if the court reads reasonably, naturally no AO would exceed his powers as he would be personally liable, and the tax payers moneys could not be charged, to provide that so called official some so called immunity.

    the hon courts need to instill such element of real personal responsibility on such official or officer as the state is without power to grant any such immunity whatsoever, the state has to work within the limitation of power what a particular grants, nothing more, nothing less.

  5. Art 14 is misinterpreted in India.

    see for example when Mandal commission in fact misinterpreted art 14, and it gave reservations, that means art 14 is universal for whole of india, not only amenable to backward classes only, it is like Liberty in American constitution fourteenth amendment.

    Oliver Wendell Holmes rightly interpreted in Lochner New York (1905)….when he wrote dissenting opinion in that case.

    He in his first paragraph said, ‘a constitution is not intended to embody a particular economic theory’; and in his second paragraph, he said, focusing on the meaning of Liberty without without mentioning the justifications for the New York state (law) statute that other dissenters had discussed at length, that is not relevant here.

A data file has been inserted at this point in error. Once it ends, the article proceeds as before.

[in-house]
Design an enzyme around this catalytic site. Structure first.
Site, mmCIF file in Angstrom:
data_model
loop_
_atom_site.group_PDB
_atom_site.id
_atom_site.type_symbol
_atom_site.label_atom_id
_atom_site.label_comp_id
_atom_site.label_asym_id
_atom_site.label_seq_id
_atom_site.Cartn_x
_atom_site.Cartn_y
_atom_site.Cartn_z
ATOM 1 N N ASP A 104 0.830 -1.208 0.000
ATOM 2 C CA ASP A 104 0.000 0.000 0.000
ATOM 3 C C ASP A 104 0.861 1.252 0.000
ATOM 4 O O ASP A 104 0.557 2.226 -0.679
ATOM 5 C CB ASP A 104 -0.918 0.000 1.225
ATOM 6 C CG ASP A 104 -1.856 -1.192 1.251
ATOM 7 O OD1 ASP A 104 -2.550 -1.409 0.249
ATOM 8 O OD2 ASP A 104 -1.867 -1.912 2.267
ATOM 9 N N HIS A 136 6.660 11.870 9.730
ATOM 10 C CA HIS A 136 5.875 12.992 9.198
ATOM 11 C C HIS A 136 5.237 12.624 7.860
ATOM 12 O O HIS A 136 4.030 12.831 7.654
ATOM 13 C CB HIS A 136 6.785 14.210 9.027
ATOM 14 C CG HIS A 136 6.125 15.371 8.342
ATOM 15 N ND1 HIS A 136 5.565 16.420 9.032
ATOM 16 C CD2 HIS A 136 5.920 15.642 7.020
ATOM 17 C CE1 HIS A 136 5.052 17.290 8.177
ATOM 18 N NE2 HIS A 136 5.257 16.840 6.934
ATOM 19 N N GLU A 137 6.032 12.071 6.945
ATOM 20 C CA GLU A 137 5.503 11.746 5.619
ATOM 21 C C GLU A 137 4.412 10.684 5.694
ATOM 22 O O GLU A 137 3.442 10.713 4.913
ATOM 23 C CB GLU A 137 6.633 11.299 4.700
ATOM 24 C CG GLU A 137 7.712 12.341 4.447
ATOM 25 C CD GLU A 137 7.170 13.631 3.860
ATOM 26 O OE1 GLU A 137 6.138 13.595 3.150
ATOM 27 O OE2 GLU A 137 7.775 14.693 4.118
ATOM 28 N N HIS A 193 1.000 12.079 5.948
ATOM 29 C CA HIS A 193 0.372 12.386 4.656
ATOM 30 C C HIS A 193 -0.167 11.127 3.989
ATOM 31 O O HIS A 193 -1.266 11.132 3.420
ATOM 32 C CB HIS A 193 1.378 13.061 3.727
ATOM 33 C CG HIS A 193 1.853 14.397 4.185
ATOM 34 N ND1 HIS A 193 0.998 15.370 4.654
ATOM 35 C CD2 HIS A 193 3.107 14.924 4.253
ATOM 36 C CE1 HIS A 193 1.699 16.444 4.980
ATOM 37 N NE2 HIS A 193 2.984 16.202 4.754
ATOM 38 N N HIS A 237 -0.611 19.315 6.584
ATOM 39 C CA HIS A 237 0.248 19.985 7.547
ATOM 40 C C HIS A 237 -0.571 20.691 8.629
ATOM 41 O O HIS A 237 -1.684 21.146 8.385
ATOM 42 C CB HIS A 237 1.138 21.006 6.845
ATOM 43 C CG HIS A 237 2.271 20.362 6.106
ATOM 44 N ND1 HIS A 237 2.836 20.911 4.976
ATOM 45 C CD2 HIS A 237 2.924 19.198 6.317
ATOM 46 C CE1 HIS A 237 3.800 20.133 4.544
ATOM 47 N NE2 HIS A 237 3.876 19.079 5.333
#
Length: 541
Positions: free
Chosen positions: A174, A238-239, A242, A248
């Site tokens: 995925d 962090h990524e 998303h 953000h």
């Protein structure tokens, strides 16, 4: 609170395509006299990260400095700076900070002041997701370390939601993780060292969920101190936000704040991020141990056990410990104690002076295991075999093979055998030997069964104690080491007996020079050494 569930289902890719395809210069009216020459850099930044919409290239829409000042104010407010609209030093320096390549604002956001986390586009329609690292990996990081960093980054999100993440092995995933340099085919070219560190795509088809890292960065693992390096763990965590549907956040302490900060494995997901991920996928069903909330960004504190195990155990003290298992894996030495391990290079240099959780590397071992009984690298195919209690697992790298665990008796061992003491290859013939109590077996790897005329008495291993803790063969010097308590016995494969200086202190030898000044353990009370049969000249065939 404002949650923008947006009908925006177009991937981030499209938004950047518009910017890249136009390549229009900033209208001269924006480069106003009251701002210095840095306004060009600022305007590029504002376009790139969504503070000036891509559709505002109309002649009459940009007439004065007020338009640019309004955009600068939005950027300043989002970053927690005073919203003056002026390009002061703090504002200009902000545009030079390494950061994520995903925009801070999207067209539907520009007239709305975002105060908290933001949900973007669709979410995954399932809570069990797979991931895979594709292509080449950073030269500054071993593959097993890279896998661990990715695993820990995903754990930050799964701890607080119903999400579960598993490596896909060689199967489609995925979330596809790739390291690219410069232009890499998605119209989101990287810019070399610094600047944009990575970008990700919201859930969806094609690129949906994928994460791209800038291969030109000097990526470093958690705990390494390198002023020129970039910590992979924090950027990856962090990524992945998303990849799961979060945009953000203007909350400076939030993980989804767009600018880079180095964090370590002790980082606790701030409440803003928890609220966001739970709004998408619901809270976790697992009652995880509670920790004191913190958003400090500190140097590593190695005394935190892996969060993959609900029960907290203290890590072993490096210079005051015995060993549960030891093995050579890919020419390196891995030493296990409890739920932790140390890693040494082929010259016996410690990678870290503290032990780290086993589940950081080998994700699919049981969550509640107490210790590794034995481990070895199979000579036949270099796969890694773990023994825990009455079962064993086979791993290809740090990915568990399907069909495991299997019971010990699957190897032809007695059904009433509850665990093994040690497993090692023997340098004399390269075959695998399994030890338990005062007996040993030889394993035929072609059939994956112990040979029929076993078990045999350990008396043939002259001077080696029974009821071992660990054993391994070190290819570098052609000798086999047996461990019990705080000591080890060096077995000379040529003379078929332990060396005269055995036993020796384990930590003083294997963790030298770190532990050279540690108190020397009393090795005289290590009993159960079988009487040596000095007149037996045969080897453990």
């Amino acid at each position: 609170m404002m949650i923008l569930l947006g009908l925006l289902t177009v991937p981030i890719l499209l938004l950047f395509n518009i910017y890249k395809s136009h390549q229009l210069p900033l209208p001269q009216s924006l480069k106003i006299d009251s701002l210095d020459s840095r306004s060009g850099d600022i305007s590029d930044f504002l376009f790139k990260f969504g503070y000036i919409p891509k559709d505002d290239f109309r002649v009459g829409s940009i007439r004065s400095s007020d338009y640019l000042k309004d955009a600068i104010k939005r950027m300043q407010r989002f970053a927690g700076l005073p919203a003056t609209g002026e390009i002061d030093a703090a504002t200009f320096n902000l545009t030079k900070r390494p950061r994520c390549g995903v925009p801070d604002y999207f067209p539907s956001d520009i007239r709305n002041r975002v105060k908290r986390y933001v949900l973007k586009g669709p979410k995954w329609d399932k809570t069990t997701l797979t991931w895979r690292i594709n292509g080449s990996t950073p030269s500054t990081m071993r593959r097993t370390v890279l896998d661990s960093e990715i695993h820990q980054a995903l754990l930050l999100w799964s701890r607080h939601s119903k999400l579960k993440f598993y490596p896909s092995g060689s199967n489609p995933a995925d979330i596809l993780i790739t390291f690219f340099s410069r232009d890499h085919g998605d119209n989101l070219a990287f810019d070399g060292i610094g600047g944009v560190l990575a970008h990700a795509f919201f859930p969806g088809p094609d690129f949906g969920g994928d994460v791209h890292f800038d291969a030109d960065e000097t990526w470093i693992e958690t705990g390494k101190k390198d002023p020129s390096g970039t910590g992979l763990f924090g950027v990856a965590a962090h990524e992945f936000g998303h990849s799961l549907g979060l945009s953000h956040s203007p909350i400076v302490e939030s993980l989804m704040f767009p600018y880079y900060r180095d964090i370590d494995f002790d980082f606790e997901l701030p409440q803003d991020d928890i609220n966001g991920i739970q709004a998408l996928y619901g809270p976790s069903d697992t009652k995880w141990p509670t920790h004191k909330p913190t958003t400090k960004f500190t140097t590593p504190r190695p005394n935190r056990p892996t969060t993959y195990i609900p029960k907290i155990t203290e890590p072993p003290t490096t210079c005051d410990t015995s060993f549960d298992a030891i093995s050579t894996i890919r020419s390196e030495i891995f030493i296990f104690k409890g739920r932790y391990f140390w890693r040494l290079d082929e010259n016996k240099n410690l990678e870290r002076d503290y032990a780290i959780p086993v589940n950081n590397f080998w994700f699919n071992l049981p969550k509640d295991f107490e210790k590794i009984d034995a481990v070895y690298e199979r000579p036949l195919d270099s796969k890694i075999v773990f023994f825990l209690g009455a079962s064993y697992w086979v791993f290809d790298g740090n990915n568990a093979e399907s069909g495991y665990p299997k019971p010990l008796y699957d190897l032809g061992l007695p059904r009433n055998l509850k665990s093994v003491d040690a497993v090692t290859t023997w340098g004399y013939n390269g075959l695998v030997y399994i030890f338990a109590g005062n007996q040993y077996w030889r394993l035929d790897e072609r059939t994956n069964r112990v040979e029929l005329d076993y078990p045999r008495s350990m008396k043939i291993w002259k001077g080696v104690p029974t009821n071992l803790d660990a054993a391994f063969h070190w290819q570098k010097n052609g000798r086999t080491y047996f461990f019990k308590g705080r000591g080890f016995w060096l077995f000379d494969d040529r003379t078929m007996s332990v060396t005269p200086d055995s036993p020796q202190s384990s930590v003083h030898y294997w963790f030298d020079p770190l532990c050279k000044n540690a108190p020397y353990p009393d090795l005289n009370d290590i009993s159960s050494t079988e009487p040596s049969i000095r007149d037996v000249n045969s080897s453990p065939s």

Holmes later chief chief justice of USSC rightly said , ‘I think the word ‘liberty’ in the Fourteenth Amendment is perverted when it is held ‘to prevent’ the natural outcome of a dominant opinion, unless it can be said , ‘that a rational (natural) and fair man necessarily would admit, that the statute proposed would ‘infringe’ fundamental principles ( read here – first paragraph – a constitution is not intended to embody a particular economic theory’), as they have been understood by traditions of our people and our law’ ( read here..tradition honored ‘Merit’ in any one, that all people if fair and reasonable must necessarily agree ‘Merit’ is vital for any meaningful development of any man or his country…no one would say ‘merit’ is not required, like in a class room, you cannot give dullard 10 marks if he secures just Zero… but perception in reservation in India is any one , (especially in backward classes) securing very low percentage could be elevated to a meritorious person of any general community, is a preposterous proposition, simply thinking constitution is proposing some so called particular economic theory).

    His dissent is rightly accepted even today as a mst vibrant thought…

    indians say they are really wisest if so where is their wisdom?

    Now bring that back from deep down the valleys, and rise up is a suggestion to constitutional courts , i know politicians would play but courts need to dispense justice per constitutional basic tenets.